'Hard for families to accept brain death' | mumbai | Hindustan Times
Today in New Delhi, India
Dec 07, 2016-Wednesday
-°C
New Delhi
  • Humidity
    -
  • Wind
    -

'Hard for families to accept brain death'

mumbai Updated: Sep 14, 2012 01:15 IST
Menaka Rao
Menaka Rao
Hindustan Times
Highlight Story

Last May, Sharon Gracias, transplant coordinator at Andheri's BSES Hospital was called to Suchak Hospital, Malad, twice on a Sunday to convince a family to donate the organs of their 53-year old mother who was brain-dead after suffering a stroke.

"While the elder son was willing to donate her organs, the younger one was against it. I was called there twice. Finally, they agreed to donate the following day," said Gracias, who has been working as a coordinator since 2009.

The roles of a coordinator, who has to convince families of brain dead patients to donate the patient's organs, and doctors, who retrieve the organs, are not easy.

The counsellors have to be with the family till the body is handed over. This could take up to two days.

"More often than not, we are talking to 30-odd people in a small room, fielding their questions," said Gracias.

Some families get upset when organ donation is suggested. "People do not want to accept that their loved one is brain dead. They even feed the patient prasad from the temple. Sometimes, they get violent," said Anirudha Kulkarni, transplant co-ordinator at Jupiter Hospital, Thane.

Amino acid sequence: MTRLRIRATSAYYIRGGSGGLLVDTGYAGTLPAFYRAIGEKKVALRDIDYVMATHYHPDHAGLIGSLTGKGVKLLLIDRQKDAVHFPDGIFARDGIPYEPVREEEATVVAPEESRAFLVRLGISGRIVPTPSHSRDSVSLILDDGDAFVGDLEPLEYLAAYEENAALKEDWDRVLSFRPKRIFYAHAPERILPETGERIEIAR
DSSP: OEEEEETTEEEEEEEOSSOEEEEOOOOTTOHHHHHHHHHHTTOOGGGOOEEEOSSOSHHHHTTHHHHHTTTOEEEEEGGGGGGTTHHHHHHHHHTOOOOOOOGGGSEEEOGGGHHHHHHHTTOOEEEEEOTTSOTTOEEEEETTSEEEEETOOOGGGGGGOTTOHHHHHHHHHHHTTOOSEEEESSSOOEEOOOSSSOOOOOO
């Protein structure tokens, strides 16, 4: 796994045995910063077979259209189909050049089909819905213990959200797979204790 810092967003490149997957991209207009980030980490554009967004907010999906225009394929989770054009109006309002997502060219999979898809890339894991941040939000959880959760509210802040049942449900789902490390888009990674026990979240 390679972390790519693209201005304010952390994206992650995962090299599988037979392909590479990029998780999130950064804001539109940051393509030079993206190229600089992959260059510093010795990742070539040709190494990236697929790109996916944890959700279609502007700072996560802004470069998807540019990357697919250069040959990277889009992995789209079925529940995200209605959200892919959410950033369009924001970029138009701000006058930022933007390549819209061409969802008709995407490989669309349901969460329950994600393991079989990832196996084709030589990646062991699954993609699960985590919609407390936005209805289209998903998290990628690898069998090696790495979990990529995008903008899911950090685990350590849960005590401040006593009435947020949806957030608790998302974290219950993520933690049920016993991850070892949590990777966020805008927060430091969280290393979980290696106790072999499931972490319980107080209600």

Over the years, counsellors have learned how to deal with patients.

"Once, a relative who had agreed to donate organs did not like the way a doctor spoke about the patient in the Intensive Care Unit. She refused to allow the patient's kidneys to be retrieved. Since then, I ensure no one enters the ICU when the doctor is examining the patient," said Gracias.

Counsellors added they they never make promises about how long the transplant would take before the body is handed to the family as it usually takes more than a day.

Doctors involved in retrieved need to immediately start transplant surgery once the patients' families have agreed to donate organs.

"I am usually called for the retrieval of a kidney in the early hours of the morning. Once, I got a call when I was in Bhopal for a urology camp and had to leave for Mumbai immediately," said Dr Mukesh Shah, consulting urologist, Nanavati Hospital, Vile Parle.

While the retrieval of a kidney takes about two hours, retrieving the liver could take about seven hours.